IoT can help take this experience a step ahead. It can help operators personalize the travel experience for individual passengers. For instance, services can be priced differently for different travelers as per the frequency of their traveling. Rail operators can enjoy greater passenger loyalty using IoT systems to understand customer experience history and make improvements for a more comfortable and convenient journey.
Few other Applications to improve customer experience
The automation of toilets can significantly reduce the cost incurred by the train operator and, at the same time, provide a better service to passengers who will less likely find a toilet out of order. Currently, most train operators are unable to determine the status of the on-board toilets in real time and a significant amount of manual checking is required.
Management of the video recordings on board
Many rail operators have to send personnel on board their trains to manually pick up the hard drive when video recordings are requested by a law enforcement agency for investigation of an incident.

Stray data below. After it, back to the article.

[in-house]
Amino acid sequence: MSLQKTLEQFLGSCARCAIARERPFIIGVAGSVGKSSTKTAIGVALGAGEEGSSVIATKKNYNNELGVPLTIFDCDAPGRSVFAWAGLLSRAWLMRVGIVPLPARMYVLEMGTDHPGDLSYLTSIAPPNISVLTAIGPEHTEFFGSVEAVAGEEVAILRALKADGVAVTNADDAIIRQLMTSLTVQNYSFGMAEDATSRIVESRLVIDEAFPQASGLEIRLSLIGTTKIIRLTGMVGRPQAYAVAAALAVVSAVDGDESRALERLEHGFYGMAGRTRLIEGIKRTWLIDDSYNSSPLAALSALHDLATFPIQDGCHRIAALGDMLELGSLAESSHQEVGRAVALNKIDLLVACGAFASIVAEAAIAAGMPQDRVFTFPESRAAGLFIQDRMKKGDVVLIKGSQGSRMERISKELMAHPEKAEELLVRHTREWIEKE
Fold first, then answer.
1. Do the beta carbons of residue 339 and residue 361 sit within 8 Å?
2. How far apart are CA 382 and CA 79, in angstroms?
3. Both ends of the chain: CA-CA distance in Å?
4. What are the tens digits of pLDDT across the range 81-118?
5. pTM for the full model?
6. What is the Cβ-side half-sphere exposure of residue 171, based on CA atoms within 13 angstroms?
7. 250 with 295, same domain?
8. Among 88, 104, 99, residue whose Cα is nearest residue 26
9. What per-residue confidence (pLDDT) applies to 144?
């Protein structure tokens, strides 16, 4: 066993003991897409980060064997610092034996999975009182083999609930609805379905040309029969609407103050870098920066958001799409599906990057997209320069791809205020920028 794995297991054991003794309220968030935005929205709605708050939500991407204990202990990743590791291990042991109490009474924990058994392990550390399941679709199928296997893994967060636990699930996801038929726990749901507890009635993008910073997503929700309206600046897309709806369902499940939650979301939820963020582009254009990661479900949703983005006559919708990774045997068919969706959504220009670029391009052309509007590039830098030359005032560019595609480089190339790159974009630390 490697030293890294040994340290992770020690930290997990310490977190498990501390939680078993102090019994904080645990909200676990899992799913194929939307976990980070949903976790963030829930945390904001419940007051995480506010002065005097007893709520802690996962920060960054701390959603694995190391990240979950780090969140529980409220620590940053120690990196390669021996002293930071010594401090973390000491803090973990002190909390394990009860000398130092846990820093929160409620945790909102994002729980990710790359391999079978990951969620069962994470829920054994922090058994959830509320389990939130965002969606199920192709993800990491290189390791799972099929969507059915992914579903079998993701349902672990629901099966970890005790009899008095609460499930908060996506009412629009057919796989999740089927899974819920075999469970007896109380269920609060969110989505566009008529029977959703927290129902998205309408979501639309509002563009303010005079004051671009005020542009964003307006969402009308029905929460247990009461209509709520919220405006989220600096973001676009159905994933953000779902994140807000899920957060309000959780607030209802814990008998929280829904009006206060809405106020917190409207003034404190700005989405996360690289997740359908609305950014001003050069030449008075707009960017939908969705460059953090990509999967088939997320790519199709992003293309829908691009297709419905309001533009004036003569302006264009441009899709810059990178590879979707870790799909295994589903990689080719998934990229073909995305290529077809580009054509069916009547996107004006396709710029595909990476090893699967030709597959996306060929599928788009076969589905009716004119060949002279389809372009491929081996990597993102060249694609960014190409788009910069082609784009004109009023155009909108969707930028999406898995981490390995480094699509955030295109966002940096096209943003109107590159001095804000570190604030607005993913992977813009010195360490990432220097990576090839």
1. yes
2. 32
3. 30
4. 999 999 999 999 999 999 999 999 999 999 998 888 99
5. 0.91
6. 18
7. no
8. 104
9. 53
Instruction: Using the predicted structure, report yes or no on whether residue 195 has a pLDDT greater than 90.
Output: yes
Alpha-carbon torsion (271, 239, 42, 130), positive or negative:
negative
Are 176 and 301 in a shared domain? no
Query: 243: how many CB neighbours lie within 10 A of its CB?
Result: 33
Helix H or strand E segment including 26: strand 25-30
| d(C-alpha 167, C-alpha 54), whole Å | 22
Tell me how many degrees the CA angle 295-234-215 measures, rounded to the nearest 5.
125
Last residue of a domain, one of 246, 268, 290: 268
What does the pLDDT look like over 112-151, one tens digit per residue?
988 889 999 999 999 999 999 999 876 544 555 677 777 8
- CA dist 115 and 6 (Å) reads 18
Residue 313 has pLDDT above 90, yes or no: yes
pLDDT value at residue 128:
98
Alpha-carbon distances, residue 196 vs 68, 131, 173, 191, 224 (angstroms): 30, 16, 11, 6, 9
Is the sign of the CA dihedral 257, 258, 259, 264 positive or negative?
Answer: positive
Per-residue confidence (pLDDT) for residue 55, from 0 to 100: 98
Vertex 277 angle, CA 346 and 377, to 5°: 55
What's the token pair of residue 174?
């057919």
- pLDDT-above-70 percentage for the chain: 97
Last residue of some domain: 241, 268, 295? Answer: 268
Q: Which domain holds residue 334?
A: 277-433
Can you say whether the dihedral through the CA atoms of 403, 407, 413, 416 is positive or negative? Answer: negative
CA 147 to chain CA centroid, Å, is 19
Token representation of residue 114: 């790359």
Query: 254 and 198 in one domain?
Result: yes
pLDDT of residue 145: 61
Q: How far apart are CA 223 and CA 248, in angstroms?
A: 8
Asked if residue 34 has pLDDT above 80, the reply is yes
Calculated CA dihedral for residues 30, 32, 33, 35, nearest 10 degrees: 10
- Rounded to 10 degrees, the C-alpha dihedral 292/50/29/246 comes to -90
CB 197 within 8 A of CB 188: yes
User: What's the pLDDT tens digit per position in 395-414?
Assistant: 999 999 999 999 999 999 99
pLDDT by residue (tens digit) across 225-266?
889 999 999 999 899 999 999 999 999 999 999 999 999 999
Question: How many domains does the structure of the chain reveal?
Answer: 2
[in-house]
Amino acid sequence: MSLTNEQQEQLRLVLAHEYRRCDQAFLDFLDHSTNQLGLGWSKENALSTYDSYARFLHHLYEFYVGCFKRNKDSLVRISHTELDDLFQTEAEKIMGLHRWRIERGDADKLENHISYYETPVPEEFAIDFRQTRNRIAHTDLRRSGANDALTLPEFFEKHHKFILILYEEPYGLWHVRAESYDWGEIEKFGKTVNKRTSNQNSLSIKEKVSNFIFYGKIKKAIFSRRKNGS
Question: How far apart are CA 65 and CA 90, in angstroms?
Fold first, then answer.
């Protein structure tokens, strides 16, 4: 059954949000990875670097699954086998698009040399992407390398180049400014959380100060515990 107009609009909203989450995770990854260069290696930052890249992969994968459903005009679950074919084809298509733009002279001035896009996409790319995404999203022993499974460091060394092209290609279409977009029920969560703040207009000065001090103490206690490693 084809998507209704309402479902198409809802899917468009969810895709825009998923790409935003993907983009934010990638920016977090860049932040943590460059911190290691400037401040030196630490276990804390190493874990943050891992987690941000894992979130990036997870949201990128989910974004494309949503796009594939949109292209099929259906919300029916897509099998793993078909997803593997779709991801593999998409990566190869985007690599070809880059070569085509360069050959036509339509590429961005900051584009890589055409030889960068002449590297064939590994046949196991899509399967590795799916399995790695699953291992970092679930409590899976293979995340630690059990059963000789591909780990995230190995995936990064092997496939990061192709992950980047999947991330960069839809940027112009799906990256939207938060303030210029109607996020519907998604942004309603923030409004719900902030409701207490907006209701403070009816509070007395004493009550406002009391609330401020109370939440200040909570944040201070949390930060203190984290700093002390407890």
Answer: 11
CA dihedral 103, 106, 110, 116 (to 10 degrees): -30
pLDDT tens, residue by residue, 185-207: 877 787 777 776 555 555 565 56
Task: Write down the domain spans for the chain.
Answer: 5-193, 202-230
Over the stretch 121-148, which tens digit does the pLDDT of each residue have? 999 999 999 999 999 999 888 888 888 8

Food and drinks can be easily refilled at the upcoming station if data is available in real time regarding the items sold.
Temperature can be remotely controlled to avoid issues with refrigerators that might not be working at all times but whose temperature is critical to preserve the food quality over time.
Predictive and preventive maintenance can dramatically increase the percentage of times a train is in use rather than sitting in a maintenance or repair shop, and also improve the passenger experience and safety
Better Product Development in the Industry
Rugged Board and operators can leverage IoT not only for better operations with the given infrastructure but also in the manufacturing processes of locomotives, wagons and train coaches. Conventional engineering solutions were not devised to support systems of systems. There can be delays and constraints in production when the process entails developing a requirements definition and then following it up with design, build, and tests. The actual feedback on product quality comes only later through sales and buyers’ complaints.
IoT application in engine